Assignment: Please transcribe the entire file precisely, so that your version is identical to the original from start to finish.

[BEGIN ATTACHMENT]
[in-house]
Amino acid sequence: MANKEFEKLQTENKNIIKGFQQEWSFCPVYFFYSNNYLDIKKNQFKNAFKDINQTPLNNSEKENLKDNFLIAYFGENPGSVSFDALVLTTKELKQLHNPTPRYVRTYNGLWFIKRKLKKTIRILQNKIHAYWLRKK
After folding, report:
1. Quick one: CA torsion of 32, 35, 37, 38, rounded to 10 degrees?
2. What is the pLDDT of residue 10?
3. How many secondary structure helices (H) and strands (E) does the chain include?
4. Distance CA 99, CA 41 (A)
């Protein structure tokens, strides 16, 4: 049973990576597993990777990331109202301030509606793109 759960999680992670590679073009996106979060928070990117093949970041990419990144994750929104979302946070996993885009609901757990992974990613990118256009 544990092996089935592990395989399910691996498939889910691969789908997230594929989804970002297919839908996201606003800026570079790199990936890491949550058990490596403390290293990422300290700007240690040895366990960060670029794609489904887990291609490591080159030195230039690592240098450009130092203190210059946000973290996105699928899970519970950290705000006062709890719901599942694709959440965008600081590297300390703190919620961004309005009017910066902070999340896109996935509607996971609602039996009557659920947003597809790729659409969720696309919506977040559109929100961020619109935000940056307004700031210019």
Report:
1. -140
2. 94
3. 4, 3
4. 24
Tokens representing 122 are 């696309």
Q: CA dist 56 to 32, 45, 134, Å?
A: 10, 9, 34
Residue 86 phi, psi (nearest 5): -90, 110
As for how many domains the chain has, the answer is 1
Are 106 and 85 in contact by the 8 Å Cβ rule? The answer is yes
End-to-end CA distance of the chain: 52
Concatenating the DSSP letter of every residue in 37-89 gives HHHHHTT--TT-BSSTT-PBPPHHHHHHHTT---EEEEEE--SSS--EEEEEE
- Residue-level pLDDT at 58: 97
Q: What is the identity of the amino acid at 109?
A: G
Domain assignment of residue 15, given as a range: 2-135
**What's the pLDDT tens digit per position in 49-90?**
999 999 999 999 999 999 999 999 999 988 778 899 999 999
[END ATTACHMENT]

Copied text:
[in-house]
Amino acid sequence: MANKEFEKLQTENKNIIKGFQQEWSFCPVYFFYSNNYLDIKKNQFKNAFKDINQTPLNNSEKENLKDNFLIAYFGENPGSVSFDALVLTTKELKQLHNPTPRYVRTYNGLWFIKRKLKKTIRILQNKIHAYWLRKK
After folding, report:
1. Quick one: CA torsion of 32, 35, 37, 38, rounded to 10 degrees?
2. What is the pLDDT of residue 10?
3. How many secondary structure helices (H) and strands (E) does the chain include?
4. Distance CA 99, CA 41 (A)
């Protein structure tokens, strides 16, 4: 049973990576597993990777990331109202301030509606793109 759960999680992670590679073009996106979060928070990117093949970041990419990144994750929104979302946070996993885009609901757990992974990613990118256009 544990092996089935592990395989399910691996498939889910691969789908997230594929989804970002297919839908996201606003800026570079790199990936890491949550058990490596403390290293990422300290700007240690040895366990960060670029794609489904887990291609490591080159030195230039690592240098450009130092203190210059946000973290996105699928899970519970950290705000006062709890719901599942694709959440965008600081590297300390703190919620961004309005009017910066902070999340896109996935509607996971609602039996009557659920947003597809790729659409969720696309919506977040559109929100961020619109935000940056307004700031210019």
Report:
1. -140
2. 94
3. 4, 3
4. 24
Tokens representing 122 are 């696309």
Q: CA dist 56 to 32, 45, 134, Å?
A: 10, 9, 34
Residue 86 phi, psi (nearest 5): -90, 110
As for how many domains the chain has, the answer is 1
Are 106 and 85 in contact by the 8 Å Cβ rule? The answer is yes
End-to-end CA distance of the chain: 52
Concatenating the DSSP letter of every residue in 37-89 gives HHHHHTT--TT-BSSTT-PBPPHHHHHHHTT---EEEEEE--SSS--EEEEEE
- Residue-level pLDDT at 58: 97
Q: What is the identity of the amino acid at 109?
A: G
Domain assignment of residue 15, given as a range: 2-135
**What's the pLDDT tens digit per position in 49-90?**
999 999 999 999 999 999 999 999 999 988 778 899 999 999